Lloyd’s of London insurance market experts — brokers and underwriters — are available to comment on risk and insurance issues relating to the de-orbiting of the Mir space station, currently scheduled for Friday 23 March 2001.

Background: After 15 years in space, the Russian space authorities are
due to de-orbit the 130 tonnes Mir space station this
week. The only other comparable event was the destruction
of the US space station Skylab which crashed into the
Australian outback in 1978.

The de-orbiting process will cause Mir to re-enter the
Earth’s atmosphere and fall into the southern Pacific
Ocean midway between New Zealand and Chile. During the 6-8
minutes it will take Mir to reach sea level, the heat and
buffeting of re-entry will reduce the space station
to approximately 1,500 fragments — the largest around
70kgs — travelling at 850 mph. The combined weight of
these fragments at sea level is expected to be in the
region of 30 tonnes.

The fragments will fall across an area roughly 125 miles
by 3,725 miles. The total cost of the de-orbiting
operation has been put at US$25 million.

In 2000, Lloyd’s of London accepted insurance premiums
worth pnds stlg 270 million for space and satellite risks.
Lloyd’s is the world’s major space insurer and underwrote
the fist space risk in 1965. The market developed mainly
during the 1990s.

Risks: In insurance terms, the key risks involved in the de-
orbiting of Mir are:

– Trajectory — any break down in communication between
ground-stations and Mir could result in the spacecraft
re-entering on the wrong trajectory

– Aircraft

– Shipping

– Possible landfall

Insurance: A reinsurance policy valued at $200 million has been
placed in the London and international insurance markets
on behalf of the Russian space authorities by Lloyd’s
broker, Heath Lambert. Several Lloyd’s syndicates are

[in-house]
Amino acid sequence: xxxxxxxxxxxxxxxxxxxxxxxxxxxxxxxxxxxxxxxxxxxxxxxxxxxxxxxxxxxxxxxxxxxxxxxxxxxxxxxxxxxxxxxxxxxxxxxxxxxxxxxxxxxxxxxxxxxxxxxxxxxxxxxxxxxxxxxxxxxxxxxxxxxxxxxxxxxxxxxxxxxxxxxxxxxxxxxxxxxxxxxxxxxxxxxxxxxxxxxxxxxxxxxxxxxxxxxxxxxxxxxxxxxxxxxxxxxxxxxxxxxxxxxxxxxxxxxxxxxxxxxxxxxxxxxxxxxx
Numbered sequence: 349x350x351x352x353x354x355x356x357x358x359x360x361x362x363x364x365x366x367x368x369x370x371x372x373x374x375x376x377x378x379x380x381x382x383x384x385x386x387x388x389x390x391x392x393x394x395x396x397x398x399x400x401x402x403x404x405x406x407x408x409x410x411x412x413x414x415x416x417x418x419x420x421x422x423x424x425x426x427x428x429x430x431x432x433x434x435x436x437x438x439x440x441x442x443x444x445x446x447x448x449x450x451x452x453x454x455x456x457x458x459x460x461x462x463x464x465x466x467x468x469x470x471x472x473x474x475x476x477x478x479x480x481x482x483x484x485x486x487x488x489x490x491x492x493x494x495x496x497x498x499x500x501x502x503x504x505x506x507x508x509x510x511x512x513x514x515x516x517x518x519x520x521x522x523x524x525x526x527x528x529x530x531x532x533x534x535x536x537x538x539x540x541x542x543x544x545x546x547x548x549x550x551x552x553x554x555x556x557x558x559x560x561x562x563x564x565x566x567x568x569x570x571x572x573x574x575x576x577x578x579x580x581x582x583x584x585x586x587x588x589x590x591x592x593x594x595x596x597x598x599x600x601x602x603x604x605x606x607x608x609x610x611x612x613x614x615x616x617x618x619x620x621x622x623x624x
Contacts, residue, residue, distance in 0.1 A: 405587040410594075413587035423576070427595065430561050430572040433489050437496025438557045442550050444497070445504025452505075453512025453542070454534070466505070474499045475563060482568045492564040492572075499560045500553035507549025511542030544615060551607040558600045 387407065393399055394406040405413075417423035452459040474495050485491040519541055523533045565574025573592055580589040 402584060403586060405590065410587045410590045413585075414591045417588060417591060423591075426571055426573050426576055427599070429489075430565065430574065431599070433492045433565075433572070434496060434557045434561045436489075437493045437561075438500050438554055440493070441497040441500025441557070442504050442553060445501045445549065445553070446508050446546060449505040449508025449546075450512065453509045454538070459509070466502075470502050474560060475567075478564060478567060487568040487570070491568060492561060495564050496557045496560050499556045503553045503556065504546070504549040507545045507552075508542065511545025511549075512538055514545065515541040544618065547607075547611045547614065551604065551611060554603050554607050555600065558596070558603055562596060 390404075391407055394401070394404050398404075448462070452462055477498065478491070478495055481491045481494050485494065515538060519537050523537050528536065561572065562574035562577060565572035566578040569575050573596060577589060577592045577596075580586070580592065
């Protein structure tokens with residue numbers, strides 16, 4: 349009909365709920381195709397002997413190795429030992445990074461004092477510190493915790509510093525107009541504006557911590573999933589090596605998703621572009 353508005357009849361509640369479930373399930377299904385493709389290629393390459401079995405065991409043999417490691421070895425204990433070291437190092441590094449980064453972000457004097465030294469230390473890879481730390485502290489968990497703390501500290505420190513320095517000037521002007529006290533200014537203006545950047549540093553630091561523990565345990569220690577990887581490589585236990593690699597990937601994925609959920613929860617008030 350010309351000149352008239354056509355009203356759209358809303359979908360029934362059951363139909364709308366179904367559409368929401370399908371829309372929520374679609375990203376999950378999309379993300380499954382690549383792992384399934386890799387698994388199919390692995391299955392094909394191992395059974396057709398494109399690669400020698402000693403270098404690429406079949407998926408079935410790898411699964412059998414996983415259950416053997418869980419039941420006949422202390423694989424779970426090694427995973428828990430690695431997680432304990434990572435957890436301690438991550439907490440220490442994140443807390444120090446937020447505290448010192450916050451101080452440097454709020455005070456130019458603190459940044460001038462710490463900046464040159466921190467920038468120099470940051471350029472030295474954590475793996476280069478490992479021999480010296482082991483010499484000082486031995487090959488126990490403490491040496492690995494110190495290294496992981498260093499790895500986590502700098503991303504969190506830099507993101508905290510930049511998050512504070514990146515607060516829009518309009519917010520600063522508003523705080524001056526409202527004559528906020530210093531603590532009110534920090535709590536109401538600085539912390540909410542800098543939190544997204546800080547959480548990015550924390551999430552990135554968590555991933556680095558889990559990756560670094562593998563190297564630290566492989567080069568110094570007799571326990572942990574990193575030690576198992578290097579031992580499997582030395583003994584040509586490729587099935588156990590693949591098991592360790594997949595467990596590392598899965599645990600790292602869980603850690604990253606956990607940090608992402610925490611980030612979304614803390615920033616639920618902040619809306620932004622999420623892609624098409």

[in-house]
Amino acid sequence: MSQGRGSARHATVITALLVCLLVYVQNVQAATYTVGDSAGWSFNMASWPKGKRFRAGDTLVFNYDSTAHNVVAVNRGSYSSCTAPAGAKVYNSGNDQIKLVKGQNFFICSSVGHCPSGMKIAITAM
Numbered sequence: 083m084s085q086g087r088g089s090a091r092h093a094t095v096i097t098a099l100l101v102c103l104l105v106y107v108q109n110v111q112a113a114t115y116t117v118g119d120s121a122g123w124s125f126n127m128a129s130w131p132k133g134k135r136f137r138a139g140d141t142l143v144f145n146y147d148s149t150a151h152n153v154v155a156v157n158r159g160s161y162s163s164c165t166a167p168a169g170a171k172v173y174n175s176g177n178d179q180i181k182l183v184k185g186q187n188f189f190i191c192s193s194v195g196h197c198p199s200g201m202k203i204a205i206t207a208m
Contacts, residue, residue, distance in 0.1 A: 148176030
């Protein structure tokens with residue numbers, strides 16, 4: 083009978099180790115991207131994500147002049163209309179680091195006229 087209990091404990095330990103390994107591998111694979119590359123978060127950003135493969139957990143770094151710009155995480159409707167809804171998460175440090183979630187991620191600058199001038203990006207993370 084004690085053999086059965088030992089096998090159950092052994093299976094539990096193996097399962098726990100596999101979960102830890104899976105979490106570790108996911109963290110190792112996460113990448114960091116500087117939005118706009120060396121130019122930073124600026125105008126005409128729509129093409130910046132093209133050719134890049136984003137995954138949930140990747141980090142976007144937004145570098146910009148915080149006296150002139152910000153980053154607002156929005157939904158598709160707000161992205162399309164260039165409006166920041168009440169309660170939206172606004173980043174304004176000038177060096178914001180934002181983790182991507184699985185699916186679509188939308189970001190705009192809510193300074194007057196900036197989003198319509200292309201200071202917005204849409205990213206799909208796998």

involved in this reinsurance.

Gary Bryant, Executive Director of Heath Lambert’s
Aerospace Division said:
“We have a long standing relationship with the Russian
space industry and handle around 70% of the Russian space
insurance market. This is, of course, a very unusual
insurance project, not least because of the size of Mir,
and represents the flexibility of the London and
international aerospace markets.”

Simon Clapham, senior underwriter with the Lloyd’s-based
Marham Space Consortium said:
“This is the largest single object ever to be de-orbited
and represents a unique risk for insurers to deal

David Wade, Satellite Technical Analyst with the Marham
Space Consortium said:
“Many satellites have re-entered the Earth’s atmosphere
since the dawn of the space age but Mir is by far the
largest. Unlike many other re-entries, Mir is under the
complete control of its ground-based controllers and
should safely splash down in the designated area.”

Contact: If you would like to speak with a Lloyd’s representative,
please call:

Adrian Beeby, Media Relations Manager on 020-7327 6272

Sarah Pelling, Media Relations Executive on 020-7327 6256

John Lute, Lute & Company, (416) 929-5883 ext 227